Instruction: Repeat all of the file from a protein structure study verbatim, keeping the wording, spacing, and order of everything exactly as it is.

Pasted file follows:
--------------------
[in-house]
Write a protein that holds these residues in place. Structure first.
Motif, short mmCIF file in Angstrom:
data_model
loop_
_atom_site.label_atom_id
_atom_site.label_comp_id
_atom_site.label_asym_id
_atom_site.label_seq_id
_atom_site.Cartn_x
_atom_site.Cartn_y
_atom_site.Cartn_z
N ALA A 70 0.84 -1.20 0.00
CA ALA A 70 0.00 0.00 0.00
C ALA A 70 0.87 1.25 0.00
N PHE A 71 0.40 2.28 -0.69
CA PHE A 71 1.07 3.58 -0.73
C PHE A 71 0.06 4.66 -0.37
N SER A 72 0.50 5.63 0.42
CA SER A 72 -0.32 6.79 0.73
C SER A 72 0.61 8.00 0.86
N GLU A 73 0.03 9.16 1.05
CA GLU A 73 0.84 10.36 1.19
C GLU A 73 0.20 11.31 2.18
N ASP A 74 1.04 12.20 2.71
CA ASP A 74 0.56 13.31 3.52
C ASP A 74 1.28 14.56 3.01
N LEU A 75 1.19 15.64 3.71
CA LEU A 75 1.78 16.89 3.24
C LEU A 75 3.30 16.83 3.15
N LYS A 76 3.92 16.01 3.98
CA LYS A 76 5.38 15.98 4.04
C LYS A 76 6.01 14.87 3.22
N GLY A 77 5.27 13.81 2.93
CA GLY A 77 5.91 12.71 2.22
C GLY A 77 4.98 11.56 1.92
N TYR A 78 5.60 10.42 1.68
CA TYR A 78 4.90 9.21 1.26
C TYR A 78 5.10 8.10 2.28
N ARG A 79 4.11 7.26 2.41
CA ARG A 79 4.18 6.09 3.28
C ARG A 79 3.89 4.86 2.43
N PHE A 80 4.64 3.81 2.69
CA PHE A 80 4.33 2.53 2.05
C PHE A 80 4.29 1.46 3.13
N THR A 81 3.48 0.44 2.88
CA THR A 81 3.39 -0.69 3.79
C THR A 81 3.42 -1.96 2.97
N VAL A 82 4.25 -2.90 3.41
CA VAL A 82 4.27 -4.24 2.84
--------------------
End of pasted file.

[in-house]
Write a protein that holds these residues in place. Structure first.
Motif, short mmCIF file in Angstrom:
data_model
loop_
_atom_site.label_atom_id
_atom_site.label_comp_id
_atom_site.label_asym_id
_atom_site.label_seq_id
_atom_site.Cartn_x
_atom_site.Cartn_y
_atom_site.Cartn_z
N ALA A 70 0.84 -1.20 0.00
CA ALA A 70 0.00 0.00 0.00
C ALA A 70 0.87 1.25 0.00
N PHE A 71 0.40 2.28 -0.69
CA PHE A 71 1.07 3.58 -0.73
C PHE A 71 0.06 4.66 -0.37
N SER A 72 0.50 5.63 0.42
CA SER A 72 -0.32 6.79 0.73
C SER A 72 0.61 8.00 0.86
N GLU A 73 0.03 9.16 1.05
CA GLU A 73 0.84 10.36 1.19
C GLU A 73 0.20 11.31 2.18
N ASP A 74 1.04 12.20 2.71
CA ASP A 74 0.56 13.31 3.52
C ASP A 74 1.28 14.56 3.01
N LEU A 75 1.19 15.64 3.71
CA LEU A 75 1.78 16.89 3.24
C LEU A 75 3.30 16.83 3.15
N LYS A 76 3.92 16.01 3.98
CA LYS A 76 5.38 15.98 4.04
C LYS A 76 6.01 14.87 3.22
N GLY A 77 5.27 13.81 2.93
CA GLY A 77 5.91 12.71 2.22
C GLY A 77 4.98 11.56 1.92
N TYR A 78 5.60 10.42 1.68
CA TYR A 78 4.90 9.21 1.26
C TYR A 78 5.10 8.10 2.28
N ARG A 79 4.11 7.26 2.41
CA ARG A 79 4.18 6.09 3.28
C ARG A 79 3.89 4.86 2.43
N PHE A 80 4.64 3.81 2.69
CA PHE A 80 4.33 2.53 2.05
C PHE A 80 4.29 1.46 3.13
N THR A 81 3.48 0.44 2.88
CA THR A 81 3.39 -0.69 3.79
C THR A 81 3.42 -1.96 2.97
N VAL A 82 4.25 -2.90 3.41
CA VAL A 82 4.27 -4.24 2.84